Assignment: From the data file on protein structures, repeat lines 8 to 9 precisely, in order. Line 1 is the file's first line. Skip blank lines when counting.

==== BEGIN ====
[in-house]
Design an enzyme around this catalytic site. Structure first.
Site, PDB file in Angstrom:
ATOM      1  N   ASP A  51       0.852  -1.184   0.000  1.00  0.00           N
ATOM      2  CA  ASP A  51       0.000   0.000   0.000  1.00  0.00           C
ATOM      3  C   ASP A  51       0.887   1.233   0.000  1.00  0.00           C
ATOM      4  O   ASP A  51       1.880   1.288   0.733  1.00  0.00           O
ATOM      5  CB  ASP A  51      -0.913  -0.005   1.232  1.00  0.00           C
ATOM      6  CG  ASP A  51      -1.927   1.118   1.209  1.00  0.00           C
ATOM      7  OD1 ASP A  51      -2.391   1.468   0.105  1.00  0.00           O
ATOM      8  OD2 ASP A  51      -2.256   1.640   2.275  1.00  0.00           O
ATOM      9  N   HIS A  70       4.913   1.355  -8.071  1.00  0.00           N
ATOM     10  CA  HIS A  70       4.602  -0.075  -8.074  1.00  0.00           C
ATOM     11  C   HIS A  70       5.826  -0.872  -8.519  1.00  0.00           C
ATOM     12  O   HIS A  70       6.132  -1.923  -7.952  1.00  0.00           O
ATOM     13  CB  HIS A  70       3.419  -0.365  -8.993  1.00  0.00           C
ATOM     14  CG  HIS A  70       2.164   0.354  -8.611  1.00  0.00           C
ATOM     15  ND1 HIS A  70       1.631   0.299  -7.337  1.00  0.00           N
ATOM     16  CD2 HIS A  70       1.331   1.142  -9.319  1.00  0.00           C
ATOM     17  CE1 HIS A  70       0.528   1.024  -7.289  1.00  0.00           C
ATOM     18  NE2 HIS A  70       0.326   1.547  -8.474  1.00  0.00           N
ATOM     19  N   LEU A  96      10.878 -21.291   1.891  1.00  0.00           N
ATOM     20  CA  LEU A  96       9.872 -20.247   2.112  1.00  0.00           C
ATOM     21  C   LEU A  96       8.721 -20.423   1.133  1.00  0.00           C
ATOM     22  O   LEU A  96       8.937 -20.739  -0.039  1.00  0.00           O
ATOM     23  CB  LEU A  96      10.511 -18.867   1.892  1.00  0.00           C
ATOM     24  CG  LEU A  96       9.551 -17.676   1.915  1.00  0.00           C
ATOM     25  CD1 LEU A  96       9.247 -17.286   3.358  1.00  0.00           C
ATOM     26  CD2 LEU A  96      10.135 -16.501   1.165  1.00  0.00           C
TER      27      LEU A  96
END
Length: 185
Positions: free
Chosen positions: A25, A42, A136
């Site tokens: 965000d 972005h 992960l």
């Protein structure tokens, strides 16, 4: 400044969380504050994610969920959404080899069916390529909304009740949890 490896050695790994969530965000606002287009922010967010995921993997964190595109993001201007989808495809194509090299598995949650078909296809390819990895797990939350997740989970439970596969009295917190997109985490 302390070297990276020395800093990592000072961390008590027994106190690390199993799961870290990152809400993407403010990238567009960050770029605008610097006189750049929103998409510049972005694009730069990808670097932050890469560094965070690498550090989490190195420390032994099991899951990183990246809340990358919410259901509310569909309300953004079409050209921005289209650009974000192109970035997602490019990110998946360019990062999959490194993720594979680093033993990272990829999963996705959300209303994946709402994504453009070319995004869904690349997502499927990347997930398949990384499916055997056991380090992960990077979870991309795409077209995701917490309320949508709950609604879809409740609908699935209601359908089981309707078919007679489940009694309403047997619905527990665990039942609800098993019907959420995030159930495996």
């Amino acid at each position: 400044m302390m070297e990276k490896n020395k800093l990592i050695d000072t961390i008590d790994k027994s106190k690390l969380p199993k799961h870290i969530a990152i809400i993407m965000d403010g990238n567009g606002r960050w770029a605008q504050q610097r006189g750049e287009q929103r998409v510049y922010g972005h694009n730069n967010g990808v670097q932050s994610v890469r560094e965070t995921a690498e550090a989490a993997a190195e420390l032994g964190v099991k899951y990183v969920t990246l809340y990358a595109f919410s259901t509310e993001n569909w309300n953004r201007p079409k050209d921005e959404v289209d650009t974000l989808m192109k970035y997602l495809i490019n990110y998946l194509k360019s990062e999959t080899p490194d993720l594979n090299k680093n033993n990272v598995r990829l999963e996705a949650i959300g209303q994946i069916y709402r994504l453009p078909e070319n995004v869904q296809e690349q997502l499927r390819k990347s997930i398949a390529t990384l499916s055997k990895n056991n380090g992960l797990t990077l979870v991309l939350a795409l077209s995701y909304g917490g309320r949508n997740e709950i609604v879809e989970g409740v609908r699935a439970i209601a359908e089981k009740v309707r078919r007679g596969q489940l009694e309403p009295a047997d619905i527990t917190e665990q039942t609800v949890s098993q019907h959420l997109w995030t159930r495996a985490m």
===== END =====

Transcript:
ATOM      5  CB  ASP A  51      -0.913  -0.005   1.232  1.00  0.00           C
ATOM      6  CG  ASP A  51      -1.927   1.118   1.209  1.00  0.00           C